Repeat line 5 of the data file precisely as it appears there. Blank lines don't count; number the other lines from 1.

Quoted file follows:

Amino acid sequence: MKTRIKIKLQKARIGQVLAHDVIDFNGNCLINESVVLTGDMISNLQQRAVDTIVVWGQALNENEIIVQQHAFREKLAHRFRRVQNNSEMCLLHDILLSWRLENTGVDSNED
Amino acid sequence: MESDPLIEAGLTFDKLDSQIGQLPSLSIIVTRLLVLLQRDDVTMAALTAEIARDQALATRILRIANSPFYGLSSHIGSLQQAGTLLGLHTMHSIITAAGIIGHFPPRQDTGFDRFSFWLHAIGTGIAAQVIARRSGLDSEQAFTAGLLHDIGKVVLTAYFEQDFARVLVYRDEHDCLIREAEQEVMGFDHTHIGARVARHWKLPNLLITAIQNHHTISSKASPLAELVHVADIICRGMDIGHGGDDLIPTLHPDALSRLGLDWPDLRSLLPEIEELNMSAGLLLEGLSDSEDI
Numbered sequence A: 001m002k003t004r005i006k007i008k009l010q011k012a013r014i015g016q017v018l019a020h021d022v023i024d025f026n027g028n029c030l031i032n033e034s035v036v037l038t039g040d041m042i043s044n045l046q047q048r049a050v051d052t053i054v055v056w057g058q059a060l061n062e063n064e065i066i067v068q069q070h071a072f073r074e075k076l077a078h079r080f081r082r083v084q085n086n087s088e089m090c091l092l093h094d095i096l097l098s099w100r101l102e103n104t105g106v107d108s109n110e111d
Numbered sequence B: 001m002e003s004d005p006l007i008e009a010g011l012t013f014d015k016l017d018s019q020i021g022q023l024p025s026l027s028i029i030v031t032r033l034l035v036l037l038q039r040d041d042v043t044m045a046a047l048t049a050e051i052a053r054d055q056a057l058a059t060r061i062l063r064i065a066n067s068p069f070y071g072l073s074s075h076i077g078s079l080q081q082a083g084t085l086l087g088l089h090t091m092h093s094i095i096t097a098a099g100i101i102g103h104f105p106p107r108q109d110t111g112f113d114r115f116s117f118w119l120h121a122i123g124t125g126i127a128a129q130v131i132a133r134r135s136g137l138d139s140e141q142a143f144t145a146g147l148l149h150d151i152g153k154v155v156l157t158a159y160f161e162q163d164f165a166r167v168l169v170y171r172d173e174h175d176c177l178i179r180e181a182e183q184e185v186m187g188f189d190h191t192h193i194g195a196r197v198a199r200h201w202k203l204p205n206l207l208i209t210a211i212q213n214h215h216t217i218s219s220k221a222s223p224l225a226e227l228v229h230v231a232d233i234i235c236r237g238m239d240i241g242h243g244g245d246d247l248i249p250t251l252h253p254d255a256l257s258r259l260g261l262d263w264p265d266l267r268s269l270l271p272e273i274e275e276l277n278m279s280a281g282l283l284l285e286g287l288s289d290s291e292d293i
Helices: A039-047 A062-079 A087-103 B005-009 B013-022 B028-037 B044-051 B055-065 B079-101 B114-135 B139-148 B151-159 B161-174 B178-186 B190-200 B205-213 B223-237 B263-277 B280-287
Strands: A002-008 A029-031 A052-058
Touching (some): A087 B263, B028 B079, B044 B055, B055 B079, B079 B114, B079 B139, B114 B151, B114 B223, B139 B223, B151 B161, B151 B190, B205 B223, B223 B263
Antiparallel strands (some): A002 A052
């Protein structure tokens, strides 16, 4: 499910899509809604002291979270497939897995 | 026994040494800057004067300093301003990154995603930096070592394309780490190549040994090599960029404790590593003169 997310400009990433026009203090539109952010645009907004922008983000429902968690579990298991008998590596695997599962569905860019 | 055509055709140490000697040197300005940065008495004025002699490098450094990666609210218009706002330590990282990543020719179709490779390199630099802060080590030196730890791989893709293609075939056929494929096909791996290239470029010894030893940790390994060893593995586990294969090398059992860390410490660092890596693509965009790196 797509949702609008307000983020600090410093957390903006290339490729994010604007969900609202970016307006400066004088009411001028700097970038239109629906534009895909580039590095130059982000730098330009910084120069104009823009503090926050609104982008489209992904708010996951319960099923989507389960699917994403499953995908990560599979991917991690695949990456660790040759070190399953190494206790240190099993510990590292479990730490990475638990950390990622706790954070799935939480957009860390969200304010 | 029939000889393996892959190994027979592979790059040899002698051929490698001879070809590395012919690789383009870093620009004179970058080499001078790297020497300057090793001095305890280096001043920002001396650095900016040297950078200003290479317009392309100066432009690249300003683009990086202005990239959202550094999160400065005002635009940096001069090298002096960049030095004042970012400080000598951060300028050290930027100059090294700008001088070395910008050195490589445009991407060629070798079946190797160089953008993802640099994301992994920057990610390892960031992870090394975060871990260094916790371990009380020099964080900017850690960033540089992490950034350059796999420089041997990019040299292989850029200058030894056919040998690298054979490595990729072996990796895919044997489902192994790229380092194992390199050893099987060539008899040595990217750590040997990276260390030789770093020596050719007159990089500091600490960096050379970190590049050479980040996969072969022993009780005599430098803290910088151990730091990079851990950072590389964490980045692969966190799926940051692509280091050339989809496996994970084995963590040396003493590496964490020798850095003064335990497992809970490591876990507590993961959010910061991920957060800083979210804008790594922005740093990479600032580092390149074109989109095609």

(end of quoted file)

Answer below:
Helices: A039-047 A062-079 A087-103 B005-009 B013-022 B028-037 B044-051 B055-065 B079-101 B114-135 B139-148 B151-159 B161-174 B178-186 B190-200 B205-213 B223-237 B263-277 B280-287